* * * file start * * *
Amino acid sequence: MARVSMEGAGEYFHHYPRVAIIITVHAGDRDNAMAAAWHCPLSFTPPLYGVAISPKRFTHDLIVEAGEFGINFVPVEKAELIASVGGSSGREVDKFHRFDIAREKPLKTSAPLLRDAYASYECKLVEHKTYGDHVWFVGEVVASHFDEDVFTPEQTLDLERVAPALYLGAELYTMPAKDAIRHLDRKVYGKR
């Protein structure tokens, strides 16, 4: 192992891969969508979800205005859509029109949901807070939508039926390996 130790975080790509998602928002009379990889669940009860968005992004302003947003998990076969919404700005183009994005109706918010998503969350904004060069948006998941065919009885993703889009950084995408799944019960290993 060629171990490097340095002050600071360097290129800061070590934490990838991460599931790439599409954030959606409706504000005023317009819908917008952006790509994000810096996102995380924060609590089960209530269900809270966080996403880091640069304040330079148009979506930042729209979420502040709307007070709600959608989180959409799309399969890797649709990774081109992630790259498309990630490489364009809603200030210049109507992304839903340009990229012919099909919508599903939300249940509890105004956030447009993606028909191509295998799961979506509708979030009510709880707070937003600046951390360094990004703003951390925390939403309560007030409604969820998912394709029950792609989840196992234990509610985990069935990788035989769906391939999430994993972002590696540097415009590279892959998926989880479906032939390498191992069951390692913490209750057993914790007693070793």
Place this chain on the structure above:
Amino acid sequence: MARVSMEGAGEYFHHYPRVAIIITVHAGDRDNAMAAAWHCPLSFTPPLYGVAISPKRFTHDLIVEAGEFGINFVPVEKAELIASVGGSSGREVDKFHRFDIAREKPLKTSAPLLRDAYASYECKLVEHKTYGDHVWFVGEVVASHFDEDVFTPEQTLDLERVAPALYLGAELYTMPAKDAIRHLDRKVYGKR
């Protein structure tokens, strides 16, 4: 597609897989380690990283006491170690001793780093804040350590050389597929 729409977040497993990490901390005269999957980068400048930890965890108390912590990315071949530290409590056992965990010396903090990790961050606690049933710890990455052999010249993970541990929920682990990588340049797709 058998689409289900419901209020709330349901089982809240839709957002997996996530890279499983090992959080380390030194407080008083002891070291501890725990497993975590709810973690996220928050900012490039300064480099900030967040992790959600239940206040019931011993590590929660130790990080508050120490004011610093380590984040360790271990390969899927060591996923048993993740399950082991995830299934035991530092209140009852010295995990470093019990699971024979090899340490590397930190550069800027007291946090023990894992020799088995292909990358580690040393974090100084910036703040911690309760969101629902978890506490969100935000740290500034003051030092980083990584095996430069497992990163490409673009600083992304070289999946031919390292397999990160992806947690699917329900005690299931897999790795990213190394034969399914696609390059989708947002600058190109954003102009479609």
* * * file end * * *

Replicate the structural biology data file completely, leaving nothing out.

Amino acid sequence: MARVSMEGAGEYFHHYPRVAIIITVHAGDRDNAMAAAWHCPLSFTPPLYGVAISPKRFTHDLIVEAGEFGINFVPVEKAELIASVGGSSGREVDKFHRFDIAREKPLKTSAPLLRDAYASYECKLVEHKTYGDHVWFVGEVVASHFDEDVFTPEQTLDLERVAPALYLGAELYTMPAKDAIRHLDRKVYGKR
């Protein structure tokens, strides 16, 4: 192992891969969508979800205005859509029109949901807070939508039926390996 130790975080790509998602928002009379990889669940009860968005992004302003947003998990076969919404700005183009994005109706918010998503969350904004060069948006998941065919009885993703889009950084995408799944019960290993 060629171990490097340095002050600071360097290129800061070590934490990838991460599931790439599409954030959606409706504000005023317009819908917008952006790509994000810096996102995380924060609590089960209530269900809270966080996403880091640069304040330079148009979506930042729209979420502040709307007070709600959608989180959409799309399969890797649709990774081109992630790259498309990630490489364009809603200030210049109507992304839903340009990229012919099909919508599903939300249940509890105004956030447009993606028909191509295998799961979506509708979030009510709880707070937003600046951390360094990004703003951390925390939403309560007030409604969820998912394709029950792609989840196992234990509610985990069935990788035989769906391939999430994993972002590696540097415009590279892959998926989880479906032939390498191992069951390692913490209750057993914790007693070793």
Place this chain on the structure above:
Amino acid sequence: MARVSMEGAGEYFHHYPRVAIIITVHAGDRDNAMAAAWHCPLSFTPPLYGVAISPKRFTHDLIVEAGEFGINFVPVEKAELIASVGGSSGREVDKFHRFDIAREKPLKTSAPLLRDAYASYECKLVEHKTYGDHVWFVGEVVASHFDEDVFTPEQTLDLERVAPALYLGAELYTMPAKDAIRHLDRKVYGKR
């Protein structure tokens, strides 16, 4: 597609897989380690990283006491170690001793780093804040350590050389597929 729409977040497993990490901390005269999957980068400048930890965890108390912590990315071949530290409590056992965990010396903090990790961050606690049933710890990455052999010249993970541990929920682990990588340049797709 058998689409289900419901209020709330349901089982809240839709957002997996996530890279499983090992959080380390030194407080008083002891070291501890725990497993975590709810973690996220928050900012490039300064480099900030967040992790959600239940206040019931011993590590929660130790990080508050120490004011610093380590984040360790271990390969899927060591996923048993993740399950082991995830299934035991530092209140009852010295995990470093019990699971024979090899340490590397930190550069800027007291946090023990894992020799088995292909990358580690040393974090100084910036703040911690309760969101629902978890506490969100935000740290500034003051030092980083990584095996430069497992990163490409673009600083992304070289999946031919390292397999990160992806947690699917329900005690299931897999790795990213190394034969399914696609390059989708947002600058190109954003102009479609």